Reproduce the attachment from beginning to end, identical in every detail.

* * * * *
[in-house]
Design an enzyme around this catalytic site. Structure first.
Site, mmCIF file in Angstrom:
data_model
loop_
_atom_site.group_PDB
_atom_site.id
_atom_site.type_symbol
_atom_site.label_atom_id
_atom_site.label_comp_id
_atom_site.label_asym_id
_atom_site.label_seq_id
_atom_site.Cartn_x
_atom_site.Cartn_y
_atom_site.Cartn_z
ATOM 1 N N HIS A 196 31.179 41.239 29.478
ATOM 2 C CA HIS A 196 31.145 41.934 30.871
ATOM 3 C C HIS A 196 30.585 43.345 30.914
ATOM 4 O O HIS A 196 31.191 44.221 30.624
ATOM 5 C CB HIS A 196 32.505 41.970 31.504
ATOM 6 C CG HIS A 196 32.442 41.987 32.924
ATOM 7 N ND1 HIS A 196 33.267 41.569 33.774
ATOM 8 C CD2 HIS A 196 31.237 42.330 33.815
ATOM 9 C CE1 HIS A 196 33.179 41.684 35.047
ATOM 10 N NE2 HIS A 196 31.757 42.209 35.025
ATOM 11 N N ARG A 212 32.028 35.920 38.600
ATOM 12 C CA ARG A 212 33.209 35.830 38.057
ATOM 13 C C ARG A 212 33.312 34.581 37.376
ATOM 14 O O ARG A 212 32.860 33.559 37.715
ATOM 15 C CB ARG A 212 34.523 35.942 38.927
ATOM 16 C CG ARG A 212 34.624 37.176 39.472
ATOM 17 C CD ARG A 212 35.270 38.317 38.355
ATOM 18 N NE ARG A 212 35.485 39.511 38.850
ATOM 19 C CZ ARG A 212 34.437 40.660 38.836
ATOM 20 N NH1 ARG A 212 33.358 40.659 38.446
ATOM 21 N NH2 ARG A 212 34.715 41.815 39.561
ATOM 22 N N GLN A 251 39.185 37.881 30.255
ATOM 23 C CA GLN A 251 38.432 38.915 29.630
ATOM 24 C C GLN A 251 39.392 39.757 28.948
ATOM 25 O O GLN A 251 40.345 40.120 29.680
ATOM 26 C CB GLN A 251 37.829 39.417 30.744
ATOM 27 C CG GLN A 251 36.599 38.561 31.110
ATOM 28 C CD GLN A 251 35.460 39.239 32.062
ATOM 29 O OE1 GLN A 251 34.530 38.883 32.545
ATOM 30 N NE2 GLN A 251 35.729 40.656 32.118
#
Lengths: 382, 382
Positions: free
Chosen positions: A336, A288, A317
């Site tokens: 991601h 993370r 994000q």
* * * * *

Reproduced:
[in-house]
Design an enzyme around this catalytic site. Structure first.
Site, mmCIF file in Angstrom:
data_model
loop_
_atom_site.group_PDB
_atom_site.id
_atom_site.type_symbol
_atom_site.label_atom_id
_atom_site.label_comp_id
_atom_site.label_asym_id
_atom_site.label_seq_id
_atom_site.Cartn_x
_atom_site.Cartn_y
_atom_site.Cartn_z
ATOM 1 N N HIS A 196 31.179 41.239 29.478
ATOM 2 C CA HIS A 196 31.145 41.934 30.871
ATOM 3 C C HIS A 196 30.585 43.345 30.914
ATOM 4 O O HIS A 196 31.191 44.221 30.624
ATOM 5 C CB HIS A 196 32.505 41.970 31.504
ATOM 6 C CG HIS A 196 32.442 41.987 32.924
ATOM 7 N ND1 HIS A 196 33.267 41.569 33.774
ATOM 8 C CD2 HIS A 196 31.237 42.330 33.815
ATOM 9 C CE1 HIS A 196 33.179 41.684 35.047
ATOM 10 N NE2 HIS A 196 31.757 42.209 35.025
ATOM 11 N N ARG A 212 32.028 35.920 38.600
ATOM 12 C CA ARG A 212 33.209 35.830 38.057
ATOM 13 C C ARG A 212 33.312 34.581 37.376
ATOM 14 O O ARG A 212 32.860 33.559 37.715
ATOM 15 C CB ARG A 212 34.523 35.942 38.927
ATOM 16 C CG ARG A 212 34.624 37.176 39.472
ATOM 17 C CD ARG A 212 35.270 38.317 38.355
ATOM 18 N NE ARG A 212 35.485 39.511 38.850
ATOM 19 C CZ ARG A 212 34.437 40.660 38.836
ATOM 20 N NH1 ARG A 212 33.358 40.659 38.446
ATOM 21 N NH2 ARG A 212 34.715 41.815 39.561
ATOM 22 N N GLN A 251 39.185 37.881 30.255
ATOM 23 C CA GLN A 251 38.432 38.915 29.630
ATOM 24 C C GLN A 251 39.392 39.757 28.948
ATOM 25 O O GLN A 251 40.345 40.120 29.680
ATOM 26 C CB GLN A 251 37.829 39.417 30.744
ATOM 27 C CG GLN A 251 36.599 38.561 31.110
ATOM 28 C CD GLN A 251 35.460 39.239 32.062
ATOM 29 O OE1 GLN A 251 34.530 38.883 32.545
ATOM 30 N NE2 GLN A 251 35.729 40.656 32.118
#
Lengths: 382, 382
Positions: free
Chosen positions: A336, A288, A317
């Site tokens: 991601h 993370r 994000q």